Then there were several years when IU football being broadcast on television simply did not happen.

    My admittedly foggy memory is that the lack of TV correlated with poor attendance. I know at the time I often thought that even if IU football was worth the price of admission, who would know?

    I suspect Antwaan Randle El’s career fell right in the middle of this.

  2. Too many students, alumni and south-central Indiana residents have accepted the drivel that “IU is a basketball school,” or that IU “will never” be good in football, or plug in whatever other lame justification for not going to the football games.

    Bloomington is beautiful in the fall. Memorial stadium is a great place to watch a game. The football tickets are inexpensive (a great value compared to other Big Ten football programs) and IU is developing into a solid football program. There really are no legitimate reasons for not going to these football games and supporting the team.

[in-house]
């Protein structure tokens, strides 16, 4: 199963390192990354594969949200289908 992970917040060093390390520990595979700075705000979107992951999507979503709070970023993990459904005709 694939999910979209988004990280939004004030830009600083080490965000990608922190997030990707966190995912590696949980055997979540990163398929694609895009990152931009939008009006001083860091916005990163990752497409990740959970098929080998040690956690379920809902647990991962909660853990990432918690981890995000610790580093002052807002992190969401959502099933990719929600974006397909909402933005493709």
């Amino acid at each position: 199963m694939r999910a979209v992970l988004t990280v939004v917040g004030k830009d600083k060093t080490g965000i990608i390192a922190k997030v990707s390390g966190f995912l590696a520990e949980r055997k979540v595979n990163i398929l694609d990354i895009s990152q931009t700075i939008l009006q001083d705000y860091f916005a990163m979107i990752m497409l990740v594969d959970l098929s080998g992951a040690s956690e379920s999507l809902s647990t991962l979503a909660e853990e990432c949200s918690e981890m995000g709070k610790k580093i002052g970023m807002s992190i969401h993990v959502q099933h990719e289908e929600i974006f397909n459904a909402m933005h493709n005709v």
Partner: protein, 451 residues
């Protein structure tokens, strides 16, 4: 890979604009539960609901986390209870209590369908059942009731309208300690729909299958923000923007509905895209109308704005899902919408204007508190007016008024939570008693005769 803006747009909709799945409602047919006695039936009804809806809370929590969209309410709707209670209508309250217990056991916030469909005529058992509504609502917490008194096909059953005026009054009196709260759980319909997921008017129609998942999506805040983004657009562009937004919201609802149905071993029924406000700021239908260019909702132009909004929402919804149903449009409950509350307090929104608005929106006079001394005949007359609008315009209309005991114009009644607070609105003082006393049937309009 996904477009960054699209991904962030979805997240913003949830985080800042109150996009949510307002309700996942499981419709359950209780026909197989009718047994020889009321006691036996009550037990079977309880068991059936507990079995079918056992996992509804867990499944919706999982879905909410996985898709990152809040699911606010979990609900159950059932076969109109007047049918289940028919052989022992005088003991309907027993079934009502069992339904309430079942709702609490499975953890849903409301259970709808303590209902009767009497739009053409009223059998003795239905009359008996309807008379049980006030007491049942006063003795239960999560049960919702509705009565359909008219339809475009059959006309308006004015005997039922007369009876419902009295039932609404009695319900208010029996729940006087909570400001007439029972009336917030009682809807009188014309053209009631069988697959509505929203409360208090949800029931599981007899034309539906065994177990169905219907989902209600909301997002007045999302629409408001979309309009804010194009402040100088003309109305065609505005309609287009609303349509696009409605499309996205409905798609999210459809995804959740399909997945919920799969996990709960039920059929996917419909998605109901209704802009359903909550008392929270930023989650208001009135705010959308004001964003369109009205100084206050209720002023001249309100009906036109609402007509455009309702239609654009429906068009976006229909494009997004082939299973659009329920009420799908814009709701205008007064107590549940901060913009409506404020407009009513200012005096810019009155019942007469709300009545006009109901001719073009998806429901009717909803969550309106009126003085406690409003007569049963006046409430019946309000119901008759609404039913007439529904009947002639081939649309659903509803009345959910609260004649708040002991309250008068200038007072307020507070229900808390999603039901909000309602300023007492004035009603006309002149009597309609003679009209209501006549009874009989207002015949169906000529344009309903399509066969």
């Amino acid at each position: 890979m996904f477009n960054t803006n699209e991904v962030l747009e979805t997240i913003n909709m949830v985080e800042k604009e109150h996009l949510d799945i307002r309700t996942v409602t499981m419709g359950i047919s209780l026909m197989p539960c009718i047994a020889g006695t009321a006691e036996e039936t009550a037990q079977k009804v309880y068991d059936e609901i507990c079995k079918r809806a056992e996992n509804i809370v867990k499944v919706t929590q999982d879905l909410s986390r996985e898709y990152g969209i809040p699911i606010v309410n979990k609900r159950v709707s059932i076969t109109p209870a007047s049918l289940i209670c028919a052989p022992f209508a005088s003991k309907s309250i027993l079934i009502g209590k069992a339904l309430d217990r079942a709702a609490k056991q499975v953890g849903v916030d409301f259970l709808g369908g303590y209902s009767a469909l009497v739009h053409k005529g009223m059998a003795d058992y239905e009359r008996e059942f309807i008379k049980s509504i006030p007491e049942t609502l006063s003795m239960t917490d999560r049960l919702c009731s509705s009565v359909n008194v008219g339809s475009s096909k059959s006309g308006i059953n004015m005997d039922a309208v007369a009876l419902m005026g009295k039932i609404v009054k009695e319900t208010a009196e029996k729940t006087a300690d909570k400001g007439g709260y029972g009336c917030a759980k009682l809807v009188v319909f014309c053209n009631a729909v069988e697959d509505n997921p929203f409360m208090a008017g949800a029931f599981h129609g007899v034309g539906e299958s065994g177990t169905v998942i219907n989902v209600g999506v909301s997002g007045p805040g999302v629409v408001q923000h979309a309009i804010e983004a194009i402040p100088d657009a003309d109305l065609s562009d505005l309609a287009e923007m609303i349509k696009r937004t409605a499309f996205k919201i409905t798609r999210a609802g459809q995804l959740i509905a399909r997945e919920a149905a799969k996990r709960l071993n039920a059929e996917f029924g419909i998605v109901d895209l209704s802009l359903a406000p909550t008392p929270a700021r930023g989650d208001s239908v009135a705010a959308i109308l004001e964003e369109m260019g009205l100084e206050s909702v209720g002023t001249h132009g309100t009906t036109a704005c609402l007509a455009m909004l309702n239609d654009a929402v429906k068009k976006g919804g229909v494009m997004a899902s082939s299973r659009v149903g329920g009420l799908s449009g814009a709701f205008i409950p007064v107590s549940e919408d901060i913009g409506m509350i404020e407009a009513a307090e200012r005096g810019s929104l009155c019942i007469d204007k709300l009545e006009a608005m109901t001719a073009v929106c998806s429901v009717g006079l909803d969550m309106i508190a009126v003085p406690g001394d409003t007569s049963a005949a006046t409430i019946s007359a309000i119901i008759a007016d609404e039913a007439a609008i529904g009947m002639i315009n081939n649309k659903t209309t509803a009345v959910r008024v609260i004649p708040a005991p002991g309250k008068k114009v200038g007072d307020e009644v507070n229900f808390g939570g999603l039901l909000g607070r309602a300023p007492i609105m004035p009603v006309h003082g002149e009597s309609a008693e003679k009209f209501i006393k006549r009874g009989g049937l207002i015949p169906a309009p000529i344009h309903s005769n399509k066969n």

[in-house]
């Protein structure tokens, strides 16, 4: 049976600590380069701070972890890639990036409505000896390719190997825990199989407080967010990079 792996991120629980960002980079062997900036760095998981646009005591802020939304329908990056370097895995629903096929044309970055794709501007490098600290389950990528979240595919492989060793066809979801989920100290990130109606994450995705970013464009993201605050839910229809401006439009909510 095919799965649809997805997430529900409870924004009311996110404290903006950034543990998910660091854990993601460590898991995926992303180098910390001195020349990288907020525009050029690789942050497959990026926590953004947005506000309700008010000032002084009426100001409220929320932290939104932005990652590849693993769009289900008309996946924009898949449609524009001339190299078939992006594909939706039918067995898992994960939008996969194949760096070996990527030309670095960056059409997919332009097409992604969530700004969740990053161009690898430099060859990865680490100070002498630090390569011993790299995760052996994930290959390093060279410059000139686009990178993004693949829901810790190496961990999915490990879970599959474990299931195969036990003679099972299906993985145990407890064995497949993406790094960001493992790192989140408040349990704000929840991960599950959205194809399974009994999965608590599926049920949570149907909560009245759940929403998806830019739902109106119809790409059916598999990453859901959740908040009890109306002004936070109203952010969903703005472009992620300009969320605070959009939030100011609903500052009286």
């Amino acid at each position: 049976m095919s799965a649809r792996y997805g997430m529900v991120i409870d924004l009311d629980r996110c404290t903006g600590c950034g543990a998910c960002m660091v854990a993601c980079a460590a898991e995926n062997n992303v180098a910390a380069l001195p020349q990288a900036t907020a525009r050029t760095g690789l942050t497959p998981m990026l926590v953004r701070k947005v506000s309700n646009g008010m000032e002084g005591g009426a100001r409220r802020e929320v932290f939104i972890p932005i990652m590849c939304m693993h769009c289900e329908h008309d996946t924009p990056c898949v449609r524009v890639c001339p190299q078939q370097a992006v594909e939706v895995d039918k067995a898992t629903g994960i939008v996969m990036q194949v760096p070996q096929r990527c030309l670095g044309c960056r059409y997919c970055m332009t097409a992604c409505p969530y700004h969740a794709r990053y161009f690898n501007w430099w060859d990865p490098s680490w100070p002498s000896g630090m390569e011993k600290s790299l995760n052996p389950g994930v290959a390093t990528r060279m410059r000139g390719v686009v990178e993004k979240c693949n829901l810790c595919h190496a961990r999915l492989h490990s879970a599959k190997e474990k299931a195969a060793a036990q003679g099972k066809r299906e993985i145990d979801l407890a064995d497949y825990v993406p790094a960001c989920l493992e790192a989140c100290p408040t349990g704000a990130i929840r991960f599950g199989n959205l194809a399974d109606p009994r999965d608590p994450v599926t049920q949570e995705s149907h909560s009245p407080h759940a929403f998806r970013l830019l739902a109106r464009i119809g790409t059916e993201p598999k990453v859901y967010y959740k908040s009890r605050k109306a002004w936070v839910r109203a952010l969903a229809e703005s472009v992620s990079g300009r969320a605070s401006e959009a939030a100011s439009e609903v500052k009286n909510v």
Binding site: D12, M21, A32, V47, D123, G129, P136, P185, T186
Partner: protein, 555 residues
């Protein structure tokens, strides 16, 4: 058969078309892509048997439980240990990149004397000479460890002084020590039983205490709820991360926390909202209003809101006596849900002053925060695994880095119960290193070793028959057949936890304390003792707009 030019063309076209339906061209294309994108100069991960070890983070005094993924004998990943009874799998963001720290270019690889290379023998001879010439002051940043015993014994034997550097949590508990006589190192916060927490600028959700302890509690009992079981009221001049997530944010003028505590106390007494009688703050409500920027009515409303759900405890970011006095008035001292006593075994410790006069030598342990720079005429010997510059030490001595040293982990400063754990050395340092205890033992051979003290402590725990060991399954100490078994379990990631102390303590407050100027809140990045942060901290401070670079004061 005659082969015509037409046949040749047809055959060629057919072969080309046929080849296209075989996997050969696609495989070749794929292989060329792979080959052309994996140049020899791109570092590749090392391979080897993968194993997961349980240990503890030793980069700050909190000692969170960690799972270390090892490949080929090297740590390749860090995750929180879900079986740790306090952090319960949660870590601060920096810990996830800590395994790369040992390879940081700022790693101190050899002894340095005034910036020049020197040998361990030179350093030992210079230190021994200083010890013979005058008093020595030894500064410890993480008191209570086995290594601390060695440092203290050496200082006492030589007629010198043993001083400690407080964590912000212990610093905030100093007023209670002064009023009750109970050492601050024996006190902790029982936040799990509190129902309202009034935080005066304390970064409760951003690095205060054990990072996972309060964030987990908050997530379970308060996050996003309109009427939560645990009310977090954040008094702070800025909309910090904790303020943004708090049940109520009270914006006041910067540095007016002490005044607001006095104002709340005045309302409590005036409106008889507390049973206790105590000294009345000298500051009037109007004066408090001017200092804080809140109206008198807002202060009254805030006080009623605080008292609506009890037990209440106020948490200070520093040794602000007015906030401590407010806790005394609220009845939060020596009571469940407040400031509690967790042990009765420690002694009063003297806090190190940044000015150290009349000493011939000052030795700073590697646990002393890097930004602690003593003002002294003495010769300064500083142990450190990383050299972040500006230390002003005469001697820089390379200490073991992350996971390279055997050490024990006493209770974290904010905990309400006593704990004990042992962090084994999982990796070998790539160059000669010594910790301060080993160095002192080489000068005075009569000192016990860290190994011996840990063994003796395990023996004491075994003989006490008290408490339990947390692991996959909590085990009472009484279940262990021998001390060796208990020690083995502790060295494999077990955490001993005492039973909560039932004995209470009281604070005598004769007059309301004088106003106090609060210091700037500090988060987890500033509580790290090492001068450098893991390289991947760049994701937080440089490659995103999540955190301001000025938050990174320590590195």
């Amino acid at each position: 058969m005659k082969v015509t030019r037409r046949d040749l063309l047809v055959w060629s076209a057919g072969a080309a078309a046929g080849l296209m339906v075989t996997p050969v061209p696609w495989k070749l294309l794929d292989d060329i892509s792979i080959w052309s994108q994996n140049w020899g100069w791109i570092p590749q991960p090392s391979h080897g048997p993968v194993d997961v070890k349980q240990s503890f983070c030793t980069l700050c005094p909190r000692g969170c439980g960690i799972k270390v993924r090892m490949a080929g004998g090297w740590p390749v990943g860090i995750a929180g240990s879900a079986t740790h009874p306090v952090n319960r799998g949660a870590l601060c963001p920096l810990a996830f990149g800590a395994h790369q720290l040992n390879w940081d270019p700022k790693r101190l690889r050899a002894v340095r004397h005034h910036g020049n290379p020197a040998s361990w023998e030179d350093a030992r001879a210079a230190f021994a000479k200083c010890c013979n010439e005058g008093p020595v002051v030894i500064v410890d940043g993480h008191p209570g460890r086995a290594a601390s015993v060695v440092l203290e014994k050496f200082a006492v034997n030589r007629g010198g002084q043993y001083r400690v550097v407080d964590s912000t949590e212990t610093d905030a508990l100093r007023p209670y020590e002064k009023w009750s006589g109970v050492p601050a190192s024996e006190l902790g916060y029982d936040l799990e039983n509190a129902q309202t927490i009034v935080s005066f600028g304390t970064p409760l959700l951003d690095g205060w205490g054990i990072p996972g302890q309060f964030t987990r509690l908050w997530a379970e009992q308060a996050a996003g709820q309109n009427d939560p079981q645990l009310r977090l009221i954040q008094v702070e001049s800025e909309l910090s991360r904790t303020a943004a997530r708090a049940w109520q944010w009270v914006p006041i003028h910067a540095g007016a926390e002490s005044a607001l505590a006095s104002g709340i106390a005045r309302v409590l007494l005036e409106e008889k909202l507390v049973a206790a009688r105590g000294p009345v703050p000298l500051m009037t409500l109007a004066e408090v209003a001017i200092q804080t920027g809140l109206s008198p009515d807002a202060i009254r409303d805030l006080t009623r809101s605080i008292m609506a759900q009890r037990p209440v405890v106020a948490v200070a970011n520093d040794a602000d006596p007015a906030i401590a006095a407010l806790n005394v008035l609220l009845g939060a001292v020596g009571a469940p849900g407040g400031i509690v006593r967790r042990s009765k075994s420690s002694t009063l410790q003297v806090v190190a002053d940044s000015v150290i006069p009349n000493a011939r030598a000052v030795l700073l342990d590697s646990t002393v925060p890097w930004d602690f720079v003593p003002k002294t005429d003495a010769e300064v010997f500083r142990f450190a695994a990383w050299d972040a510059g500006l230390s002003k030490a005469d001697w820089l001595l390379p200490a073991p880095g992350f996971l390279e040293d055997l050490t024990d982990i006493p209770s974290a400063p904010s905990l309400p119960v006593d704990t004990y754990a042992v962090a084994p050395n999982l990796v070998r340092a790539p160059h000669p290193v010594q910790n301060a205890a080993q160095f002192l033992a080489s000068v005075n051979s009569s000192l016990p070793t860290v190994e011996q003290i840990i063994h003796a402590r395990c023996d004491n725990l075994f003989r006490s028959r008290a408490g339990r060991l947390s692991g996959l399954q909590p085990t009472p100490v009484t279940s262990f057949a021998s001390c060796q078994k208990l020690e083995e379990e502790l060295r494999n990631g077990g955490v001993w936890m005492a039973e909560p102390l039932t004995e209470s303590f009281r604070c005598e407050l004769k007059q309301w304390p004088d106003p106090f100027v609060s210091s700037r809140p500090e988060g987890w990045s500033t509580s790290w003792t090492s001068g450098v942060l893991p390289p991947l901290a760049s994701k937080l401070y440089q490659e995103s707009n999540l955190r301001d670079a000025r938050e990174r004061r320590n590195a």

If IU defeats Navy and Bowling Green, establishing a 3-0 record, it will be interesting to see how big of a crowd shows up at Memorial Stadium to see them play Missouri!

  3. Want crowds? Schedule games that mean something. Beating up patsies like ISU does nothing to make the team better or draw interest from the fans. You’ve got a good team now start scheduling like it. More teams like Mizzou who are local rivals that are legitimate opponents: Kentucky, Louisville, Tennessee, Vandy, K-State. Some name recognition opponents would help the program.

  4. Aruss, since the schedule is worked 4 years out, are you suggesting that IU doesn’t have a chance at good attendance until the 2018 season? Based on Dustin’s explanation of the who and how of football scheduling that seems to be the only answer…